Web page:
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True Blood: The Complete Fourth Season(TV) (2011)
In a world where vampires have "come out of the coffin", Sookie Stackhouse, a telepathic waitress, discovers a new world of different creatures when she meets Bill Compton, a vampire.
For more about True Blood: The Complete Fourth Season and the True Blood: The Complete Fourth Season Blu-ray release, see True Blood: The Complete Fourth Season Blu-ray Review published by Kenneth Brown on May 15, 2012 where this Blu-ray release scored 4.0 out of 5.
Director: Michael Lehmann
Writer: Alan Ball
Starring: Anna Paquin, Stephen Moyer, Sam Trammell, Ryan Kwanten, Alexander Skarsgård, Valentina Cervi
» See full cast & crew
True Blood: The Complete Fourth Season Blu-ray Review
"Fate brought us together to fight evil. Did you really think no one was going to get hurt?"
Reviewed by Kenneth Brown, May 15, 2012
I'm beginning to think True Blood will never completely suck me in. I've tried to see what so many others apparently see in the show -- season after season, for the last four years in fact -- but, even now, with creator Alan Ball's fifth season rapidly approaching, the fan-favorite HBO vampire soap has yet to glamour this horror junkie. While legions of enraptured fangbangers continue to lap up every last drop of blood, sex, and gore the series has to offer, all I really have to show for my time is a morbid curiosity that just won't die, a nice little collection of sick kicks and fearless twists, and one burning question: "is this as good as it gets?" Be that as it may, I keep coming back, willingly I should add, so that says something. I'd even go so far as to say I dig seventy percent of everything Ball and company have up their sleeve. It's that pesky thirty percent, though, that always gives me pause; the backwoods werewolves, brooding brujos, tiresome romantic entanglements, haunted babies, Wiccan henchmen, macabre melodrama, god-awful fairies and, brace yourself True Blooders, Sookie Stackhouse herself, Bon Temps' reigning balmy Bayou drama queen.
If you aren't caught up on True Blood, consider this your obligatory spoiler warning. When last we left feisty lil' Ms. Stackhouse (Anna Paquin, teasing not one, but three supernaturals this season), the powerful human/fairy hybrid had been swept away to her homeland; feuding vamps Bill and Eric (Stephen Moyer and Alexander Skarsgard) had defeated vampire king Russell Edgington (Denis O'Hare), sealing the would-be world conqueror in a tomb of concrete; Sookie's brother Jason (Ryan Kwanten) had saved a commune of shape-shifters, among them his girlfriend Crystal (Lindsay Pulsipher), a were-panther; Tara (Rutina Wesley) had hit the road, searching for a new home with fewer monsters per capita; werewolf Alcide (Joe Manganiello) was having ongoing issues with the wolf packs in the region; Lafayette (Nelsan Ellis) had discovered his new boyfriend Jesús (Kevin Alejandro) was a brujo; shapeshifter Sam (Sam Trammell) was coming undone and resorting to old habits, putting him at further odds with his brother Tommy (Marshall Allman); country boy Hoyt (Jim Parrack) had asked fledgling vampire Jessica (Deborah Ann Woll) to marry him; Terry (Todd Lowe) and Arlene (Carrie Preston) were preparing for the arrival of Rene's baby; and the vampire political arena and power structure were undergoing radical changes.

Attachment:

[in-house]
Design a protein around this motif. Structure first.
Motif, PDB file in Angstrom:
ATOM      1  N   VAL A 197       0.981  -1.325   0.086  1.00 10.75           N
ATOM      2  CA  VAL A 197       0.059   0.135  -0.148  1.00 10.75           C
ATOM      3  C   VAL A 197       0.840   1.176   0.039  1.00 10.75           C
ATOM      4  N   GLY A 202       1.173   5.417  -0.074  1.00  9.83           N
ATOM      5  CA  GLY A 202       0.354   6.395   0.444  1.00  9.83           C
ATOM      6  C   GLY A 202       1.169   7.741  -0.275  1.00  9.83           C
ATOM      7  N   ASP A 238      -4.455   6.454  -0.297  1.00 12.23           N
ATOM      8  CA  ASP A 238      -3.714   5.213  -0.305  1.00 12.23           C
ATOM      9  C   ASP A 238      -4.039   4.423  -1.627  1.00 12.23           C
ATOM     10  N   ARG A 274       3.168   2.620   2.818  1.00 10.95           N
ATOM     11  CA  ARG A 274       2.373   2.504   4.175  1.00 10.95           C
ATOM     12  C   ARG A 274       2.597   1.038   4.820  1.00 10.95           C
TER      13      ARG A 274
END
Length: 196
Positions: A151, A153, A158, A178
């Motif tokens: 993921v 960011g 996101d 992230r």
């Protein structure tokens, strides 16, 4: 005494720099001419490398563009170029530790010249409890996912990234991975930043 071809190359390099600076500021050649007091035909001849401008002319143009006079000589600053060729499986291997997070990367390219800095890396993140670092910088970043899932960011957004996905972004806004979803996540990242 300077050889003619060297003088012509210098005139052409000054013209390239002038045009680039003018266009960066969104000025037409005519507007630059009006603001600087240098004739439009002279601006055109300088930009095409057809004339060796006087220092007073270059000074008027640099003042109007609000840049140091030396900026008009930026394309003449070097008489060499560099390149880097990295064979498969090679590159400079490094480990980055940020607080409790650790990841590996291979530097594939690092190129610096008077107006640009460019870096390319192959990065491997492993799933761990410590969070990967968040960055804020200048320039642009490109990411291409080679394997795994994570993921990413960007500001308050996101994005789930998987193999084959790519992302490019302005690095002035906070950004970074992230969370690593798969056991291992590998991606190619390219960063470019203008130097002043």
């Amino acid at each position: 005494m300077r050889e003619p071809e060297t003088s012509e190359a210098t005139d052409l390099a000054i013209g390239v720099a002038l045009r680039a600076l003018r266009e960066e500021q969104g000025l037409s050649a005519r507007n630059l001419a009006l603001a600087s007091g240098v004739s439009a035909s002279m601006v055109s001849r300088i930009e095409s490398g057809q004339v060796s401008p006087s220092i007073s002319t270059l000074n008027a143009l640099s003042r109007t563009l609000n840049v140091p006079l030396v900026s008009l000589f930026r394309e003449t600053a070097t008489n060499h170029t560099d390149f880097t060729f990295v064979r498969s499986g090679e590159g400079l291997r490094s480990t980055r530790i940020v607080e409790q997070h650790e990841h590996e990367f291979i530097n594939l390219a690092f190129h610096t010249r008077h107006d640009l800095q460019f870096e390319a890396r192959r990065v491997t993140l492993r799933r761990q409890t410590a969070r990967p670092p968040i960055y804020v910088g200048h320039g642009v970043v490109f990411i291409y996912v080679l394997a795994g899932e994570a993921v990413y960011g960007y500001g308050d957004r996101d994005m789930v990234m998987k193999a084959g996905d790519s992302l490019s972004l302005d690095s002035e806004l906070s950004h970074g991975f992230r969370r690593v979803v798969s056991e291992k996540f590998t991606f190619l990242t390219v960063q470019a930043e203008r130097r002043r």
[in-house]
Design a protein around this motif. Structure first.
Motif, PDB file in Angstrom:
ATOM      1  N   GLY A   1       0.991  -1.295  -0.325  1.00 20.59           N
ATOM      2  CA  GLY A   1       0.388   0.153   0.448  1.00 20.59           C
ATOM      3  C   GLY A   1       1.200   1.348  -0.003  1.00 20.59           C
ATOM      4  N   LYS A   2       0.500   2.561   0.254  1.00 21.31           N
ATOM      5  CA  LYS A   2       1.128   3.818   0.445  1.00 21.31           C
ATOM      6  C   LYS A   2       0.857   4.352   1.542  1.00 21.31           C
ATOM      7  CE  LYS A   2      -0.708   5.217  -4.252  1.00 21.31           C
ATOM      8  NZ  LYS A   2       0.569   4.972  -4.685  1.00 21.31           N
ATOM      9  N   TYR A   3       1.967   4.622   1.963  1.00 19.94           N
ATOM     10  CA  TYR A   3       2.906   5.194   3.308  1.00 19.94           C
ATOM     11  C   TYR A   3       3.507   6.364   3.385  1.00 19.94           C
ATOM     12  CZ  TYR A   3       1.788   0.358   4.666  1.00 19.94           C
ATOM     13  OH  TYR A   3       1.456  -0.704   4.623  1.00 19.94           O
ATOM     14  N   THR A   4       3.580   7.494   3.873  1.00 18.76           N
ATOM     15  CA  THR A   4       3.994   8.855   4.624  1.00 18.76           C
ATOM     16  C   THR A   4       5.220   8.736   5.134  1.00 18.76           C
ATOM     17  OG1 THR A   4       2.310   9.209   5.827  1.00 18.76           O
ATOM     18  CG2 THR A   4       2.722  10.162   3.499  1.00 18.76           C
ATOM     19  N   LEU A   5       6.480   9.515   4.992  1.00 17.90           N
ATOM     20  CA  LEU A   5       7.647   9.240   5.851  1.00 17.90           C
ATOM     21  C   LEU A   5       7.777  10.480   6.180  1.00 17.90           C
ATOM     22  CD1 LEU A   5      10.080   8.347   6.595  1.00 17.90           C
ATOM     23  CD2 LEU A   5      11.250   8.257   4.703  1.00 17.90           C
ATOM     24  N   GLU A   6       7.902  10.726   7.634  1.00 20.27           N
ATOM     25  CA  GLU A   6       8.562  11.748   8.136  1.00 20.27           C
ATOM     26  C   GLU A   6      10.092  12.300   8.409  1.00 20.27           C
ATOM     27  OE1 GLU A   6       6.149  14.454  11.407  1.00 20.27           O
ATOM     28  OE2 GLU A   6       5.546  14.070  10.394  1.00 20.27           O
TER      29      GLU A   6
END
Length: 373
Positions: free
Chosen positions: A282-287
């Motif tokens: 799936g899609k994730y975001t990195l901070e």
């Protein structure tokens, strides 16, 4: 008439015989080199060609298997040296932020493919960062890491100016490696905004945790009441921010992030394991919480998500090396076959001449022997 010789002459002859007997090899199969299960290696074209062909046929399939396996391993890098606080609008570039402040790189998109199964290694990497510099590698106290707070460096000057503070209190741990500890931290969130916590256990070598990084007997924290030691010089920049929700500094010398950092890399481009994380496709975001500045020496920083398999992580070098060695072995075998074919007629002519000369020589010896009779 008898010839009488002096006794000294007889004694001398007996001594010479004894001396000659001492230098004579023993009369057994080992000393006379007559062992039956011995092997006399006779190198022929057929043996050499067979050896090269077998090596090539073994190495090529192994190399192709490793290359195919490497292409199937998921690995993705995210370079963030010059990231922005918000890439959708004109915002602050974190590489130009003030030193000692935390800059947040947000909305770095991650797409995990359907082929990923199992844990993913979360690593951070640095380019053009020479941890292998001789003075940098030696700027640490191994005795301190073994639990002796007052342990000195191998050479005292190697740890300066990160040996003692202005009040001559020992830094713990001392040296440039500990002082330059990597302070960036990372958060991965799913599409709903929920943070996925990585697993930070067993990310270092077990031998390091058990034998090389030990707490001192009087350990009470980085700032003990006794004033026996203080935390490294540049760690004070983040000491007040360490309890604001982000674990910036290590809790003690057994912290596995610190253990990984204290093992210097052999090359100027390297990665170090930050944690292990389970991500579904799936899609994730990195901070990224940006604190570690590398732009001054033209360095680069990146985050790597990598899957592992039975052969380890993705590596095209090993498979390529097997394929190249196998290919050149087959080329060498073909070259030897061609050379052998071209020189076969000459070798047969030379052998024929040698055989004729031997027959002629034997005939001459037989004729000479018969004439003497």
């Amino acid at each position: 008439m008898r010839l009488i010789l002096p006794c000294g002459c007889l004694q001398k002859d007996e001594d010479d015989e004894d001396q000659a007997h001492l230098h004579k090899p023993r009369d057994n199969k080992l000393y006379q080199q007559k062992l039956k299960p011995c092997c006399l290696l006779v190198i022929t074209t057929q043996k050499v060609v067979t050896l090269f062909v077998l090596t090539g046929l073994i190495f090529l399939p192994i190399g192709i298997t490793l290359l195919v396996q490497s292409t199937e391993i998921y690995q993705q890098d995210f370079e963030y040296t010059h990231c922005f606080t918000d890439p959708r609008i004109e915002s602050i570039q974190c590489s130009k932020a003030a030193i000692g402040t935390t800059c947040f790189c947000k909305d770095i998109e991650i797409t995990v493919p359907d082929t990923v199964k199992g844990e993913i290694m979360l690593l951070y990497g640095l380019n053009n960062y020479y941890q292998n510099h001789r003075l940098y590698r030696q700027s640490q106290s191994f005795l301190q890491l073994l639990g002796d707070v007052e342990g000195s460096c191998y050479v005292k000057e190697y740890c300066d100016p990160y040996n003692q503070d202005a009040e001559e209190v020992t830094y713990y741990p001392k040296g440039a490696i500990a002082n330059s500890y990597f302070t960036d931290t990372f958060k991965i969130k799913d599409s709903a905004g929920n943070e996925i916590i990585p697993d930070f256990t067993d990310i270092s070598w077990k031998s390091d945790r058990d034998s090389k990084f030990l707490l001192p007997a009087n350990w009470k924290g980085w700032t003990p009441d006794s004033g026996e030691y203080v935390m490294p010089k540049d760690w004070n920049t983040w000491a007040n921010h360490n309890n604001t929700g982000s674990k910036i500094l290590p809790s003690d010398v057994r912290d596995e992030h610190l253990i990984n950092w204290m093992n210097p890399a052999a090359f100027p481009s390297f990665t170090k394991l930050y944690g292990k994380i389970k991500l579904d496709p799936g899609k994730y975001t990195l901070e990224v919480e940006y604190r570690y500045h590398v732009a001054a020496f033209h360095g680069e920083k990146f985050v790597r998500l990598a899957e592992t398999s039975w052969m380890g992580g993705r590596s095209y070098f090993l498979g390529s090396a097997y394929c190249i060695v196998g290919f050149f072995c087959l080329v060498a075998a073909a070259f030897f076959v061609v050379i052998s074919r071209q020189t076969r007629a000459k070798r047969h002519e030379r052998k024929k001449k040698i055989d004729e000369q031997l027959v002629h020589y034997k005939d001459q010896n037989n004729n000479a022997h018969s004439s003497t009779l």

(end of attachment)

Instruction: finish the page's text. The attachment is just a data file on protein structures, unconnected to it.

True Blood has more characters than it knows what to do with, which was all well and good when they were living a few short miles from one another, hanging out at Merlotte's, and dealing with the arrival of a few vampires. Season Four, though, frequently scatters some of the Bon Temps denizens to the winds, goes about isolating most everyone else and, as a result, juggles far too many storylines, all of which compete for attention and screentime. Sookie has to contend with the fairies in Fairyland, a return to the Earthly realm a full year later, the rise of evil witches in Bon Temps, more vampires than she can shake a stake at, a werewolf love triangle, dreams of threesomes with Bill and Eric, and an amnesiac vampire. And who's that amnesiac, you ask? Eric, whose encounter with a witch named Marnie (Fiona Shaw) leaves him childlike and vulnerable. Marnie, as it turns out, is in league with the spirit of a vengeful witch (Paola Turbay) who was burned centuries before. Bill, the new vampire king of Louisiana, is immediately fearful of the havoc a vindictive necromancer could wreak on the undead, and tries to barter a peace between the vamps and Marnie's growing coven. As if that doesn't fill up enough of the season, Jason, now a lawman, is kidnapped, imprisoned and systematically raped by every female in the shifter commune; Bill has to deal with a whole new host of problems managing the PR crisis Russell left in his wake; Alcide gets drawn back into a dangerous werewolf circle; Terry and Arlene's baby starts channeling what Arlene believes in Rene's ghost; Jessica falls for Jason, much to Jason's pleasure and dismay; Pam (Kristin Bauer) begins decaying after Marnie casts a spell on her; Sheriff Andy gets himself addicted to V; and Sam and the Mickens come to terms... if you can call it that. And that's only half of everything that goes down. Suffice it to say, the fourth season is a crowded one.